Edit: I called the local auto parts store and gave the guy those numbers and he said the Redline stuff came up as the recommended to use..interesting
 

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The main concern for trans oil properties in the M66 is the brass hardware. Not all gear oils have the right moderators to be compatable with yellow metals and what you need to be concerned with.

Due to the age of my tranny and the mild scaring I have building on my sixth gear (whine), not to mention I frequently haul over a ton around with my R has me switching to Amsoil Severe Gear 75W-90 as part of my rebuild.

Its a GL-5 oil due to it meeting the higher standard, but its also compatible for trannys with brass parts so you can use it in vehicles with that require the GL-4 spec.

So yes, its possible for some manufacturer's GL-5 spec fluid being compatible with the M66.
 

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Correction, I have the Redline MT90, not the original linked Redline fluid the OP is talking about. So yes, mine is GL-4. Note the product page specifically discusses why using GL-5 is not a good idea for transmissions with brass parts:

http://www.redlineoil.com/product.aspx?pid=46

I had it put in before IPD had the "My Garage" compatibility tool and went off recommendations here in an older thread.
 

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Correction, I have the Redline MT90, not the original linked Redline fluid the OP is talking about. So yes, mine is GL-4. Note the product page specifically discusses why using GL-5 is not a good idea for transmissions with brass parts:

http://www.redlineoil.com/product.aspx?pid=46

I had it put in before IPD had the "My Garage" compatibility tool and went off recommendations here in an older thread.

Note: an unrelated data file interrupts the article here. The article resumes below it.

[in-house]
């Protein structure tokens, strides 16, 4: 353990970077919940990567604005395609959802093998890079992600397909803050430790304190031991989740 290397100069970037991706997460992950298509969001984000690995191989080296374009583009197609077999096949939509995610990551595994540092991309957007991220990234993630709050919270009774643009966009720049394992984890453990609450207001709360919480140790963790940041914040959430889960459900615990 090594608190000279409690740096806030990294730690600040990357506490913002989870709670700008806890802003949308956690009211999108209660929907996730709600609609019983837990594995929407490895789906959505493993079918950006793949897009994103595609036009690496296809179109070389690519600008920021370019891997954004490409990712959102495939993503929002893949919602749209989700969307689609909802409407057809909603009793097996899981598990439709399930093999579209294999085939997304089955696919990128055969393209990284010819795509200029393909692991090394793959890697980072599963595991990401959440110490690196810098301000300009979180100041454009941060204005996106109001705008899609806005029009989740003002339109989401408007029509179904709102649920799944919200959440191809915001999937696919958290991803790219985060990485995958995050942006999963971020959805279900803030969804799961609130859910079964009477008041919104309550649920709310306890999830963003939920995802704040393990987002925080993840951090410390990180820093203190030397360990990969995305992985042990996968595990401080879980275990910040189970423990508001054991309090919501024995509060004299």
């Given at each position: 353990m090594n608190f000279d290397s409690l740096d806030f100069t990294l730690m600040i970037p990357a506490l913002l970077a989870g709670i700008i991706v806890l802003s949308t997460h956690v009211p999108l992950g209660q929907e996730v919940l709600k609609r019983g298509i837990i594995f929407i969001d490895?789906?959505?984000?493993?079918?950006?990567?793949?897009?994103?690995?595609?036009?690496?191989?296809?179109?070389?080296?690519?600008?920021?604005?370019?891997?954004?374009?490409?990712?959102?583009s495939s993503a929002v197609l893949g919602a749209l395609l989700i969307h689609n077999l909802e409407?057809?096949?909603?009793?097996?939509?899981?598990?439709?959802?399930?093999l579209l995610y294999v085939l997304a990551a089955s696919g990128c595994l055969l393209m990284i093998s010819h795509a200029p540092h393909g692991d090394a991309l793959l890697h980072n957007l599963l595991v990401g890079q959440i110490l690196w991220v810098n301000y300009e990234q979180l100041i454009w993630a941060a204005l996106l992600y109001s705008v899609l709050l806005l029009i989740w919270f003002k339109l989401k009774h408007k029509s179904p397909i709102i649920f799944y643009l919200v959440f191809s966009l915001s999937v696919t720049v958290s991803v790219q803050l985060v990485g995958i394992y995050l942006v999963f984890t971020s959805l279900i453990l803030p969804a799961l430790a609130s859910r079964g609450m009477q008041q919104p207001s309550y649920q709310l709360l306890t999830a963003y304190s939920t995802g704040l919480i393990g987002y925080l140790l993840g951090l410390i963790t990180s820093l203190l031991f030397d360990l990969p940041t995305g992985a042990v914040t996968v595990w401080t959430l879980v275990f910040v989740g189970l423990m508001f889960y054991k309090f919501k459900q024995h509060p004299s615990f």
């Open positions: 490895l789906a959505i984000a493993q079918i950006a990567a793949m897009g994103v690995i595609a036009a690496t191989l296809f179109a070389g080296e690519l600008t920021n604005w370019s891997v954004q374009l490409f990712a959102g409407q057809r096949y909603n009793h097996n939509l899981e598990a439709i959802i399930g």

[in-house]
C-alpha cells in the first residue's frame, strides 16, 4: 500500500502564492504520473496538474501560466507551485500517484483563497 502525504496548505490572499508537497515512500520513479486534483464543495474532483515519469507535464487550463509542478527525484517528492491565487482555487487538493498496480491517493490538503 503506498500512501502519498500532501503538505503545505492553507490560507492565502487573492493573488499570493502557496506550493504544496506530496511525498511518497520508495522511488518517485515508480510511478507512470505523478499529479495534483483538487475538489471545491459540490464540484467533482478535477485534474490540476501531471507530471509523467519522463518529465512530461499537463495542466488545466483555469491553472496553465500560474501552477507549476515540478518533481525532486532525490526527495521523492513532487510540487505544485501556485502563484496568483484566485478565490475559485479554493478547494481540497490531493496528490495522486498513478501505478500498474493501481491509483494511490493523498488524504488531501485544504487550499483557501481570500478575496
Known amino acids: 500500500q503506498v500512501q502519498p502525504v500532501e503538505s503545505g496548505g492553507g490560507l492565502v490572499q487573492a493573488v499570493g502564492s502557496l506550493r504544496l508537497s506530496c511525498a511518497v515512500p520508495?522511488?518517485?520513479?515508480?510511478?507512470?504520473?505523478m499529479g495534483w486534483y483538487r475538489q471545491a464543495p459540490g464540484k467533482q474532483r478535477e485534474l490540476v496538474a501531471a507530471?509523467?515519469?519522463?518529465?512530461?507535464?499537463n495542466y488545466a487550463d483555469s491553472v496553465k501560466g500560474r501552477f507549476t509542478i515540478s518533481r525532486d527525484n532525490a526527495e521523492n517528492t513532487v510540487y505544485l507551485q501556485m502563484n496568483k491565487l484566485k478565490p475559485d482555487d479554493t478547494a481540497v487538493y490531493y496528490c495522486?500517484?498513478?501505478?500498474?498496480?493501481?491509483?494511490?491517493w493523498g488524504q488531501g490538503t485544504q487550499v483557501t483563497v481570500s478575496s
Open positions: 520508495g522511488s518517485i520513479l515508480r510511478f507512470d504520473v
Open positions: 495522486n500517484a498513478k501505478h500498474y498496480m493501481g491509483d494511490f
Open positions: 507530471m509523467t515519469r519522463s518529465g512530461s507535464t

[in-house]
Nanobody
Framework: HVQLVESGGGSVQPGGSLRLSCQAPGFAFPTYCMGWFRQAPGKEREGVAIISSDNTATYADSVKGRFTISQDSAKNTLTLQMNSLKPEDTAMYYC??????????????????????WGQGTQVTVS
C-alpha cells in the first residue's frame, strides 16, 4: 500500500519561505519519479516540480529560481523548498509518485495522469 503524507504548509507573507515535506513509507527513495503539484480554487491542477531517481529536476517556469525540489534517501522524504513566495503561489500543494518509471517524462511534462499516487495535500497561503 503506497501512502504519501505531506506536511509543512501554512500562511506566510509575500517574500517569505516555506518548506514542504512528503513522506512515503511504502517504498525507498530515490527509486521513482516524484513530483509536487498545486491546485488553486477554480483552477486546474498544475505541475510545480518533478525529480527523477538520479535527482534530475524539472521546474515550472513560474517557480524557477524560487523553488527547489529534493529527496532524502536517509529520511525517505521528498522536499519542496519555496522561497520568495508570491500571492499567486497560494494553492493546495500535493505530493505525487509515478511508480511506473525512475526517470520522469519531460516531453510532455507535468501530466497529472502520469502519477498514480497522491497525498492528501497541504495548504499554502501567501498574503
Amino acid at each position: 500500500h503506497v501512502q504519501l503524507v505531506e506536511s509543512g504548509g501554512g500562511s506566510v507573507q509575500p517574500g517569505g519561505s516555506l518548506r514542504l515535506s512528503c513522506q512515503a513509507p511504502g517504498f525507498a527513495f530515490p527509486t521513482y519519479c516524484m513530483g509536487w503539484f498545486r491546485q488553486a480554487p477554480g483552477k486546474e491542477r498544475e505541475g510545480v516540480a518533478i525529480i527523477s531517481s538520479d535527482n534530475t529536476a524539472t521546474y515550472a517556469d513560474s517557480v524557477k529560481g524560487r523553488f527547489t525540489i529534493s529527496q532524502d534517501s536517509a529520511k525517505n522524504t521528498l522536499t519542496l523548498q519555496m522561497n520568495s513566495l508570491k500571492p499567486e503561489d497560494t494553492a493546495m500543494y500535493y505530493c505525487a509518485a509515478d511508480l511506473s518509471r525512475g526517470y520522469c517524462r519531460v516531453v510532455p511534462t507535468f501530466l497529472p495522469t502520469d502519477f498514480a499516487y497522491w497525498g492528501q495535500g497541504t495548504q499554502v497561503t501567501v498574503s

I was going to ask which one, but you delivered. I PM'd [email protected] to get his input on the topic since it was their recommendation. Once he sees it, hopefully we'll get a response.
 

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Discussion Starter · #12 ·
I was going to ask which one, but you delivered. I PM'd [email protected] to get his input on the topic since it was their recommendation. Once he sees it, hopefully we'll get a response.
I'm not sure how I got that oil, or IPD has changed something. I'm positive though it was a recommendation, I don't know why or how I would have bought it otherwise.
 

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Some GL-5s are not brass compatible, some are, so the above statement isn't always correct. Many late model manual transmissions with brass synchros and shift forks also specify either GL-4 or GL-5, so some really outdated assumptions are being passed off as fact here.

I'm giving the right GL-5 severe duty that is brass compatible a try because I stress my tranny more than most people here do because I tow stuff. My main concern will be if its too slippy and changes they synchro action in a way I don't like. If so all I have to do is drop back down to a GL-4.